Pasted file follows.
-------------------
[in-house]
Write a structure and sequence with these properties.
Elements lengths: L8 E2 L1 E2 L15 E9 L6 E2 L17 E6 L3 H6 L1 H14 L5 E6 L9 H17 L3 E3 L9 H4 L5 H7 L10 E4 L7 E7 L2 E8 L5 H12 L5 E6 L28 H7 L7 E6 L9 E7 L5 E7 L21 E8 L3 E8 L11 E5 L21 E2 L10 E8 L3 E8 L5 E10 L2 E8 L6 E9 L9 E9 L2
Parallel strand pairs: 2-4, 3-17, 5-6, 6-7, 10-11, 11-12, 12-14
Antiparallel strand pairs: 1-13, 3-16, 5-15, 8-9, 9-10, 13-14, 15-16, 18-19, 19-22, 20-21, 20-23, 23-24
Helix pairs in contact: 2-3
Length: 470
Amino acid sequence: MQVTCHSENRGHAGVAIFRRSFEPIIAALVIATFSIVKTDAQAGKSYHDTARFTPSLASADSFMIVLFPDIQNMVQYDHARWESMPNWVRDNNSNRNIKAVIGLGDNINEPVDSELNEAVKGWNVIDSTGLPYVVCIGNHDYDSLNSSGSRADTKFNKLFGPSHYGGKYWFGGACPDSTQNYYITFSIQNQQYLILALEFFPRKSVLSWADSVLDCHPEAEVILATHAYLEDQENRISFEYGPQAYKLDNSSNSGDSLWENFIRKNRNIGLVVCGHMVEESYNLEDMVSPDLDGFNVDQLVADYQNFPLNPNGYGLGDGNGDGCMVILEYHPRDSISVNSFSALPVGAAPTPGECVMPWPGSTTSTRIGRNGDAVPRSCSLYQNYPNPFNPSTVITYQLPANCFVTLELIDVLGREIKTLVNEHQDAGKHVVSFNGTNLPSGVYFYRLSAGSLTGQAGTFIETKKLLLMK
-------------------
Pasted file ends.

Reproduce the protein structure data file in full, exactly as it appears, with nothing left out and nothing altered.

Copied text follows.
[in-house]
Write a structure and sequence with these properties.
Elements lengths: L8 E2 L1 E2 L15 E9 L6 E2 L17 E6 L3 H6 L1 H14 L5 E6 L9 H17 L3 E3 L9 H4 L5 H7 L10 E4 L7 E7 L2 E8 L5 H12 L5 E6 L28 H7 L7 E6 L9 E7 L5 E7 L21 E8 L3 E8 L11 E5 L21 E2 L10 E8 L3 E8 L5 E10 L2 E8 L6 E9 L9 E9 L2
Parallel strand pairs: 2-4, 3-17, 5-6, 6-7, 10-11, 11-12, 12-14
Antiparallel strand pairs: 1-13, 3-16, 5-15, 8-9, 9-10, 13-14, 15-16, 18-19, 19-22, 20-21, 20-23, 23-24
Helix pairs in contact: 2-3
Length: 470
Amino acid sequence: MQVTCHSENRGHAGVAIFRRSFEPIIAALVIATFSIVKTDAQAGKSYHDTARFTPSLASADSFMIVLFPDIQNMVQYDHARWESMPNWVRDNNSNRNIKAVIGLGDNINEPVDSELNEAVKGWNVIDSTGLPYVVCIGNHDYDSLNSSGSRADTKFNKLFGPSHYGGKYWFGGACPDSTQNYYITFSIQNQQYLILALEFFPRKSVLSWADSVLDCHPEAEVILATHAYLEDQENRISFEYGPQAYKLDNSSNSGDSLWENFIRKNRNIGLVVCGHMVEESYNLEDMVSPDLDGFNVDQLVADYQNFPLNPNGYGLGDGNGDGCMVILEYHPRDSISVNSFSALPVGAAPTPGECVMPWPGSTTSTRIGRNGDAVPRSCSLYQNYPNPFNPSTVITYQLPANCFVTLELIDVLGREIKTLVNEHQDAGKHVVSFNGTNLPSGVYFYRLSAGSLTGQAGTFIETKKLLLMK